He opened the door and the girl felt the cool night air pass over her arms. "Stay here," he told her, and locked the door before shutting it firmly. She listened as his boots scuffed in the gravel on the shoulder of the road. Turning to peer through the passenger side window, pressing her forehead into the glass, the girl was dismayed to find that she could see no further than the trees closest to the road. She crossed her legs and ran her fingertips over the vinyl edges of the seat. The car shook slightly as the latch on the trunk slammed. She hummed a little song, a lullaby, but at once stopped because it reminded her of Bill's silence when she mentioned the crib. She chose a different song, and hummed it loudly, and decided that she did not care if he heard her and thought she had a horrible key. She reached the last verse and sat silently, staring at the dash. The air in the Squire was very, very still. After a while she wondered if he had taken a walk to pass water in the forest. It had been some time since she heard the trunk open and close. She craned her neck around in the seat and tried to stare out the rear windshield but all she saw was the dark reflection of her own eyes and hair, the rest of her face blurred into blankness by the glass. The image perturbed her and she turned quickly back around in her seat.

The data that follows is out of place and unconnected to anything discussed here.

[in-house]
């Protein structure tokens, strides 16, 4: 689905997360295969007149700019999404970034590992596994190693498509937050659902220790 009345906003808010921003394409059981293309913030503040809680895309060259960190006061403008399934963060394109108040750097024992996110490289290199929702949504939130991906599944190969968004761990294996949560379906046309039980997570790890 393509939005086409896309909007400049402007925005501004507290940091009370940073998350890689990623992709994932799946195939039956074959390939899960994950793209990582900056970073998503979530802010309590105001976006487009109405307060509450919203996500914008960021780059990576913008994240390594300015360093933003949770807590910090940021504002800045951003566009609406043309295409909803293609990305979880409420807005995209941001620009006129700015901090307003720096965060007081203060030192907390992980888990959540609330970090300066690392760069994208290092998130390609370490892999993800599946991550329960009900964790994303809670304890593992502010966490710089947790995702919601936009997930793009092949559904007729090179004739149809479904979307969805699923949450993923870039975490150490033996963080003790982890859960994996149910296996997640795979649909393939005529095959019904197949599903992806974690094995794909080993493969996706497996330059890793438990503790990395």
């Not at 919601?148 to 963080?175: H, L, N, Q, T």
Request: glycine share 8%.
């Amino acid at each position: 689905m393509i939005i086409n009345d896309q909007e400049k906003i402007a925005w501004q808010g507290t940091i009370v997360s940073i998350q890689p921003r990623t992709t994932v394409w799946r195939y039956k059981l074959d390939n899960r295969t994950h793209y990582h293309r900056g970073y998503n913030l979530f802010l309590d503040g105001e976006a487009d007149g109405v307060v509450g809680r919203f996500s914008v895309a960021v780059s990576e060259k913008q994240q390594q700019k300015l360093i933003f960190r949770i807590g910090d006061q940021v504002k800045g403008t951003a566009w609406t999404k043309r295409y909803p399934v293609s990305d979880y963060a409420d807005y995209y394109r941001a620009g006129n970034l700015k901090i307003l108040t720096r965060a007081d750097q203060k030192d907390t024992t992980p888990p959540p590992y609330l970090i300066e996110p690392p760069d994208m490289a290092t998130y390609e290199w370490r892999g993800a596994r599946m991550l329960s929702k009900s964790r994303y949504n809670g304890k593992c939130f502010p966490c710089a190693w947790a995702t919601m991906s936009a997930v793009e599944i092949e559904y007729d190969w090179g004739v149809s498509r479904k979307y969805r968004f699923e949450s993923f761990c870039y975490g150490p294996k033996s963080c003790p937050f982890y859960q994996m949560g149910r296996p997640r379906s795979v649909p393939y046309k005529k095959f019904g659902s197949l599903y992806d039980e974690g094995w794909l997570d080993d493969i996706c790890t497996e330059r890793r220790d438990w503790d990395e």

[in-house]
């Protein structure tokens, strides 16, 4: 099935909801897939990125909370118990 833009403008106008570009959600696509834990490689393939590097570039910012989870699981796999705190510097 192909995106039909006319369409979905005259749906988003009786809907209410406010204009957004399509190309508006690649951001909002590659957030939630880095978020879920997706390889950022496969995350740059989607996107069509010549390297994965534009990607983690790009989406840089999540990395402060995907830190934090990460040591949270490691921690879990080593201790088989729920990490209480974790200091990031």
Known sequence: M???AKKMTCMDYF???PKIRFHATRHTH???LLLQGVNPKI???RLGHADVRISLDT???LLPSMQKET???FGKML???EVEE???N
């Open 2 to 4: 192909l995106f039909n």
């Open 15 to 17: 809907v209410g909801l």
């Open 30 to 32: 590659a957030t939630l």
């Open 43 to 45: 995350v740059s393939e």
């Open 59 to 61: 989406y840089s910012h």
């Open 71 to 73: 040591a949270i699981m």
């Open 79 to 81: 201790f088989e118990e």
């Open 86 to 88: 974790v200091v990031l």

"Billy?" she said hesitantly. She knew that he couldn't hear her, especially not if he had gone into the woods. Still, she said it again, louder. "Billy!"
She tried to think of how long she had been sitting there humming. Had it been a reasonable amount of time? She thought she heard a scratching noise from above her head. The wind, she thought. Maybe he's seen someone just coming up the road and they've gone for a tow truck. The girl sat uncertainly in the seat. She picked at the skin around her fingernails but stared straight ahead. She didn't dare turn around and look out the back again, but she felt her miserable half-reflection there, at the back of her neck. She stared at the keys dangling in the ignition. A silvery cross, given to Bill by their pastor, hung at the lowest point on the chain. The noise came again: scratch, scratch. The smallest sound, like a mouse, at the roof of the car, scratching.